Los Angeles and its suburbs have the highest number of families living under the poverty line of any metropolitan region in the United States, according to census figures released this week. The need puts a heavy demand on charities that provide food for the poor, such as soup kitchens and food banks. Los Angeles charities highlighted the problem Wednesday, which was National Hunger Awareness Day in the United States.
Michael Flood, executive director of the Los Angeles Regional Foodbank, says there is both good and bad news on this first-ever day devoted to hunger. "The bad news is, according to the U.S. Department of Agriculture, 33 million Americans are food insecure, which basically means they have difficulty putting food on the table for their families," he said.
The problem in Los Angeles is compounded by a high cost of living, which often leaves families with little money for food after the rent is paid. "So the problem throughout America and throughout Los Angeles is great," he said. "The good news is, food banks collectively collect and distribute 1.5 billion pounds (680 million kilograms) of food annually. That helps tremendously, but it's not enough."
Hunger worsened in cities like Los Angeles last year when thousands of people lost their jobs following the terrorist attacks of September 11. The economic downturn hit hardest in the travel and airline industries, affecting workers like Justina Reyes. She worked for 11 years for a Los Angeles company that makes aircraft cables.
She says she was one of many workers who lost their jobs at the plant near the Los Angeles airport. A neighborhood charity helped her through the crisis.
Steven Neal works for an emergency food program sponsored by the Los Angeles labor federation and the United Way charity. He says 5,000 local union members lost their jobs the week of September 11. The regional foodbank and the unions stepped in to help. "We set up food banks and food pantries within those unions," he said. "And then we came here and provided food for them, trained their membership on how to bag it, distribute it, etc. That was our immediate response. And since then, probably another 15,000 workers have been displaced. "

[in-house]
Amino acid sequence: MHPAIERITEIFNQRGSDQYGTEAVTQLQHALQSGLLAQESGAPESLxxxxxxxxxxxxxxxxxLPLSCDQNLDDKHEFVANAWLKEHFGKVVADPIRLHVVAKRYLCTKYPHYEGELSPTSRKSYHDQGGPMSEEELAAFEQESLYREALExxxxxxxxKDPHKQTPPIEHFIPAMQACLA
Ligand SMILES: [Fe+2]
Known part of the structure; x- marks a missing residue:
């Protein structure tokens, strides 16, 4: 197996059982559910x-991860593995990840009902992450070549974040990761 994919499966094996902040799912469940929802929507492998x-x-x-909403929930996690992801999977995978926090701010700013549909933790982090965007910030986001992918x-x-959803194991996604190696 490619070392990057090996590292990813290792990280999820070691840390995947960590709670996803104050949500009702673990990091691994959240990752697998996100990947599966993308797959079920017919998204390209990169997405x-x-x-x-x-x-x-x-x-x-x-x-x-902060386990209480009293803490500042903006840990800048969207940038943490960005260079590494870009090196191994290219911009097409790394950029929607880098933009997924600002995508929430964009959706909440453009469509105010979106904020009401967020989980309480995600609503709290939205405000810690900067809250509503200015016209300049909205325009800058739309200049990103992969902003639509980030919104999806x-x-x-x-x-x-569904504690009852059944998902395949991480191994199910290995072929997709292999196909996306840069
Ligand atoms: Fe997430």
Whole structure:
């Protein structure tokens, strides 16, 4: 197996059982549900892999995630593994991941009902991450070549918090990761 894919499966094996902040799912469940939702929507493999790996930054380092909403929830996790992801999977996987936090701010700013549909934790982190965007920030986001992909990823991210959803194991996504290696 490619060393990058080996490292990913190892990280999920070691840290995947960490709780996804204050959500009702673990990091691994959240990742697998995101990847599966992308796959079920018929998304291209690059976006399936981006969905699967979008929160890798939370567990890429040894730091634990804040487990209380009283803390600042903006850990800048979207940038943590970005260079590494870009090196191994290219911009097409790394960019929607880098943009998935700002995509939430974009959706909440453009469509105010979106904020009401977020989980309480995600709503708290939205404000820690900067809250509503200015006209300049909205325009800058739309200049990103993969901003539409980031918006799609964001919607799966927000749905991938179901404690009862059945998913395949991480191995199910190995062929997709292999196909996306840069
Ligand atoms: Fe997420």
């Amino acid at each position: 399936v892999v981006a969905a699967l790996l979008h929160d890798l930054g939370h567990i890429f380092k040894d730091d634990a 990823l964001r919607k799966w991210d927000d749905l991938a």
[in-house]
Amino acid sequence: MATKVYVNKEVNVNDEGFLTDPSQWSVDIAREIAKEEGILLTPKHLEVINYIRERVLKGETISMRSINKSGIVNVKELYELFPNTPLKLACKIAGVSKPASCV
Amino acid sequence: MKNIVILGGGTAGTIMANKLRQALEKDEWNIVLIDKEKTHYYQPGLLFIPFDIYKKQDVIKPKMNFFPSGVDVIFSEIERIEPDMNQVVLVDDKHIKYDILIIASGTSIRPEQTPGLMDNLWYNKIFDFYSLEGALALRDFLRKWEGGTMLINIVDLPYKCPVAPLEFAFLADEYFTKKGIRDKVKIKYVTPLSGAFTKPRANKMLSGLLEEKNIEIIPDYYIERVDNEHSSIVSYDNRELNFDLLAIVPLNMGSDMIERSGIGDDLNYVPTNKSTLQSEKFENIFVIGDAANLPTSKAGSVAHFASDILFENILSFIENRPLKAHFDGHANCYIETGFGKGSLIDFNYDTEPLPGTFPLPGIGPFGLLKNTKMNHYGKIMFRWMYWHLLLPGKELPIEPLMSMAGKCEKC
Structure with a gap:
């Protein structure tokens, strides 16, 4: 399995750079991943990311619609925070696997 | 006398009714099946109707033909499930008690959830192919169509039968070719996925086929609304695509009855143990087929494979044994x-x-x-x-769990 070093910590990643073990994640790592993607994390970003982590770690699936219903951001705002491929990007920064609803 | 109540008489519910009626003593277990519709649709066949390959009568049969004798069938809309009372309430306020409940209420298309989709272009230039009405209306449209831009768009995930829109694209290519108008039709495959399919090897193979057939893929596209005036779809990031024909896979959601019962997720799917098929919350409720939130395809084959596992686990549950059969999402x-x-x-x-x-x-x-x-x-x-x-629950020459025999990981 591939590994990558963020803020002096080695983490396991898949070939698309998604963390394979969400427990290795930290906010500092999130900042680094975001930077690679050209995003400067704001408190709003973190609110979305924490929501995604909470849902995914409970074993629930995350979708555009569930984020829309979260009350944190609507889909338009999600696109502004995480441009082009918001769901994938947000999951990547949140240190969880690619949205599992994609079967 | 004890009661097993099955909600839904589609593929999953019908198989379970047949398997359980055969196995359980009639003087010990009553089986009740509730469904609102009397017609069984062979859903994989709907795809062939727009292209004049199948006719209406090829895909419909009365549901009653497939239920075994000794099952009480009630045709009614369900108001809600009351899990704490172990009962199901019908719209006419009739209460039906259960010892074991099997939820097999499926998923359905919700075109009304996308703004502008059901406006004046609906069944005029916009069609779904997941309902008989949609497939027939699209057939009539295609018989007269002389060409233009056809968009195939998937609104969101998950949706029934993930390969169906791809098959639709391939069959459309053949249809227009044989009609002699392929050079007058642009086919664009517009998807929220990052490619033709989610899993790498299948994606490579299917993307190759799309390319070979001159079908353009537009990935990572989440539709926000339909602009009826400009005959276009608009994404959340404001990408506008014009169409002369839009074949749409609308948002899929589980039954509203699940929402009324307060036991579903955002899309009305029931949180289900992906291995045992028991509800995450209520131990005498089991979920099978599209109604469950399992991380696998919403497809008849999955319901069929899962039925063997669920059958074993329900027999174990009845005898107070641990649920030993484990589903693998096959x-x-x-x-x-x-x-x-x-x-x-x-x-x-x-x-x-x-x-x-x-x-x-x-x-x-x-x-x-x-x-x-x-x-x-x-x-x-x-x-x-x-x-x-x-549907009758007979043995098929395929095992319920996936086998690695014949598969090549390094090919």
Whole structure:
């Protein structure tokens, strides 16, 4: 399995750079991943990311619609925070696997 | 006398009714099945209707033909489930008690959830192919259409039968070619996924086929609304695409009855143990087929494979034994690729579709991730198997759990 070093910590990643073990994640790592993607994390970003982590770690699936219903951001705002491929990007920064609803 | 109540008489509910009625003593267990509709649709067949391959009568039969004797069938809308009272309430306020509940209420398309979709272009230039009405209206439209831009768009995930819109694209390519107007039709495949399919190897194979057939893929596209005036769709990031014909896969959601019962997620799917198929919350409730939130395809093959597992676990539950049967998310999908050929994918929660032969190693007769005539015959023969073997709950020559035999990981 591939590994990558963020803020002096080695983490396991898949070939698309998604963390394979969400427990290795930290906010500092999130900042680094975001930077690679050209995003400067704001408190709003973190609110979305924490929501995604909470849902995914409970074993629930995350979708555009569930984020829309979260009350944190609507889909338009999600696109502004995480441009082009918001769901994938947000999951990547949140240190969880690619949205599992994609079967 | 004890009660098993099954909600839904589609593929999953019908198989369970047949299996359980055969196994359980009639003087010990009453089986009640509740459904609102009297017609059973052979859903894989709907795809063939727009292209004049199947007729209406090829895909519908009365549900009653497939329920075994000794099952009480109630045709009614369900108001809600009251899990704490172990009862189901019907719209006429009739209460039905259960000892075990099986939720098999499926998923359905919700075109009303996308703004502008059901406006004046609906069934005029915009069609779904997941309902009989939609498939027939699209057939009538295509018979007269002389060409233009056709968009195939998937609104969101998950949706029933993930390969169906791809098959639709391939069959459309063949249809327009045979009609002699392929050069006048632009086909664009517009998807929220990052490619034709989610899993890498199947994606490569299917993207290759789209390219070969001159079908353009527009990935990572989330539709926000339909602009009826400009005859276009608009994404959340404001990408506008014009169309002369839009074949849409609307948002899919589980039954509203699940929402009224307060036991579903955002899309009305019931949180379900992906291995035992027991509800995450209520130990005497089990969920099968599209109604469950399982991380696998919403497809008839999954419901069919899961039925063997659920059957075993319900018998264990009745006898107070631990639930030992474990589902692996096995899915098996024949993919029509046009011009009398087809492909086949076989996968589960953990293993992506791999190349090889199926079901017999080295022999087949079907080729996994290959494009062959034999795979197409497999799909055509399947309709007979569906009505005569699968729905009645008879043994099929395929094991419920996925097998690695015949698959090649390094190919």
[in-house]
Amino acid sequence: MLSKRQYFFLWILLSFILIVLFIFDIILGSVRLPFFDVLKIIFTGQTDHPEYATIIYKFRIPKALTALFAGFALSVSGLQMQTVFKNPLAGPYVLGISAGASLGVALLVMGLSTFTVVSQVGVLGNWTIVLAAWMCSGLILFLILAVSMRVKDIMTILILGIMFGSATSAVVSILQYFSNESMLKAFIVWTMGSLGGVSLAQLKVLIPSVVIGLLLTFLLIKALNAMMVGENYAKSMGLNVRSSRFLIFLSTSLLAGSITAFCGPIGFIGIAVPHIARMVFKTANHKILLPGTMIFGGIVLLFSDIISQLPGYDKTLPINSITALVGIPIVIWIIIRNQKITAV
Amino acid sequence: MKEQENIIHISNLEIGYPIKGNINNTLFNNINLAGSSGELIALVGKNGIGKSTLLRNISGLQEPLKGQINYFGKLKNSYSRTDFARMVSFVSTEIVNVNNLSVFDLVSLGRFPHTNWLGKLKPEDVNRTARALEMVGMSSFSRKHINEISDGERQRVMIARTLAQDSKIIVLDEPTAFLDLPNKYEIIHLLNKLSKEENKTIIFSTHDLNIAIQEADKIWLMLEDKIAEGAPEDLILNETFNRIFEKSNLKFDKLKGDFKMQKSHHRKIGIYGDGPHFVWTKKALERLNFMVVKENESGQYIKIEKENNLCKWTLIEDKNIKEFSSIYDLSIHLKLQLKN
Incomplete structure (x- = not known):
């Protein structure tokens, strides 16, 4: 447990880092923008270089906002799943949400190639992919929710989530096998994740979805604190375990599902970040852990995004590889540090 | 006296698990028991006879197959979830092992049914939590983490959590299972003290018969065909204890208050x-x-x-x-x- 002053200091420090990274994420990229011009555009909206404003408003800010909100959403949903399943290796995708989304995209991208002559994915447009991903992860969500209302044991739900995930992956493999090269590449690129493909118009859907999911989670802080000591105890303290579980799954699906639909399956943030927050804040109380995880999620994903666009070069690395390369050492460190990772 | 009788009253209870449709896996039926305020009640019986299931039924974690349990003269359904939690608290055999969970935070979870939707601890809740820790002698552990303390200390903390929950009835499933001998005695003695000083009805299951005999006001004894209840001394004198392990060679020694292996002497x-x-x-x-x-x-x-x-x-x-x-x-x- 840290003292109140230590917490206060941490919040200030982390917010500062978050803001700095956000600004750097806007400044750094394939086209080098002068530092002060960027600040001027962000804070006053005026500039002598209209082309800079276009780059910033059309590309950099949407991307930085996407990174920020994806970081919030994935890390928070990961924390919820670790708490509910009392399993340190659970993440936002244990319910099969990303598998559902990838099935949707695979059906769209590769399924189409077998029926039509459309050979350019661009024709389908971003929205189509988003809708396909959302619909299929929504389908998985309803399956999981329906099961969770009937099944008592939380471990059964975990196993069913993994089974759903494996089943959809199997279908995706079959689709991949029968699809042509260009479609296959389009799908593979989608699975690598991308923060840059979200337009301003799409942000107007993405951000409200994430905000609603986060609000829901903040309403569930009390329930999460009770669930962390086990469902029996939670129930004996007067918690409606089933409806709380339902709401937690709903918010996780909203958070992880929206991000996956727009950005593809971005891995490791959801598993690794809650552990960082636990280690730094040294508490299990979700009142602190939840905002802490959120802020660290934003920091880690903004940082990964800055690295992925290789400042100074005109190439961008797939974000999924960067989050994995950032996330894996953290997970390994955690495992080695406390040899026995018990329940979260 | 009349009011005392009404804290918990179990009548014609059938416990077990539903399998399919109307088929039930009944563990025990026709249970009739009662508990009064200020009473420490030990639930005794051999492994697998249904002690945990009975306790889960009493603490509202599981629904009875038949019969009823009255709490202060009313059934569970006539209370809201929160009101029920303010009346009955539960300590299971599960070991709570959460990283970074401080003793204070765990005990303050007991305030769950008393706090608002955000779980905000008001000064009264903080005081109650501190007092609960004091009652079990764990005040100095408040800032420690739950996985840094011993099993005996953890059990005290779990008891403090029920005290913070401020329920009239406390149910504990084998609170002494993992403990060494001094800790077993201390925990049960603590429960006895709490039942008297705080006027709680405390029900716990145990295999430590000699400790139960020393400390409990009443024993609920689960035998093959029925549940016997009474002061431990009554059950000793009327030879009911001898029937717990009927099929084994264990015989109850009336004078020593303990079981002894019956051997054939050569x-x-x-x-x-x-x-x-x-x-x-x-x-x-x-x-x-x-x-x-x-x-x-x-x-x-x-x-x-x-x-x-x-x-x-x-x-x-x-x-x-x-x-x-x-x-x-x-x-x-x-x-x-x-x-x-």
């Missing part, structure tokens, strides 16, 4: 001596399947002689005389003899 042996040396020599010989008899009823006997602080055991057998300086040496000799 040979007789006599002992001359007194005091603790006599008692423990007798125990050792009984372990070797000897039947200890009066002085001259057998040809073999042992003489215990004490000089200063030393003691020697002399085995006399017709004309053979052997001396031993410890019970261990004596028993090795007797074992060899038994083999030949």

Some displaced workers in the travel and aviation industries have gone back to work, but many others have not.
The Los Angeles Regional Foodbank distributes fresh poultry, rice, beans, canned fruit and other products to senior centers, religious organizations, shelters and community food programs. Director Michael Flood says some food is donated by individuals, but most comes in shipments from the food industry. "We also get a lot of commodities through the U.S. Department of Agriculture commodity program," he said. "But on the food industry side, a lot of this food ended up going to land-fills years ago. And we are abler to take wholesome food, which is just excess, maybe slightly damaged, may be mislabeled, it may not have sold as quickly as the manufacturer thought it was going to sell. And that food flows into food banks and goes out in Los Angeles County to 1,000 non-profit organizations that serve a wide variety of people who are dealing with the issue of hunger."
The Los Angeles Regional Foobank is one of hundreds of charities across the United States that are addressing a growing need, fueled in part by an economy emerging from recession and partly by high levels of immigration. These factors have pushed the poverty rate in Los Angeles to double the national average. The problem affects children disproportionately. 30 percent of the children in Los Angeles County live under the poverty line.
Matt Sharp of the organization California Food Policy Advocates says in coming months, conditions will only worsen as poor children who now receive hot lunch at school leave for their summer vacation. "And so there are perhaps 10 or 15 million kids who might have been able to get lunch during the school year but are in need during the summer," said Matt Sharp. "Programs are in place in some areas, but it's certainly not as comprehensive as it needs to be to reach all those in need."
The anti-hunger activist says in cities like Los Angeles, even families with incomes above the poverty line have trouble making ends meet. He says public and private programs are only partly meeting the need for food in the city.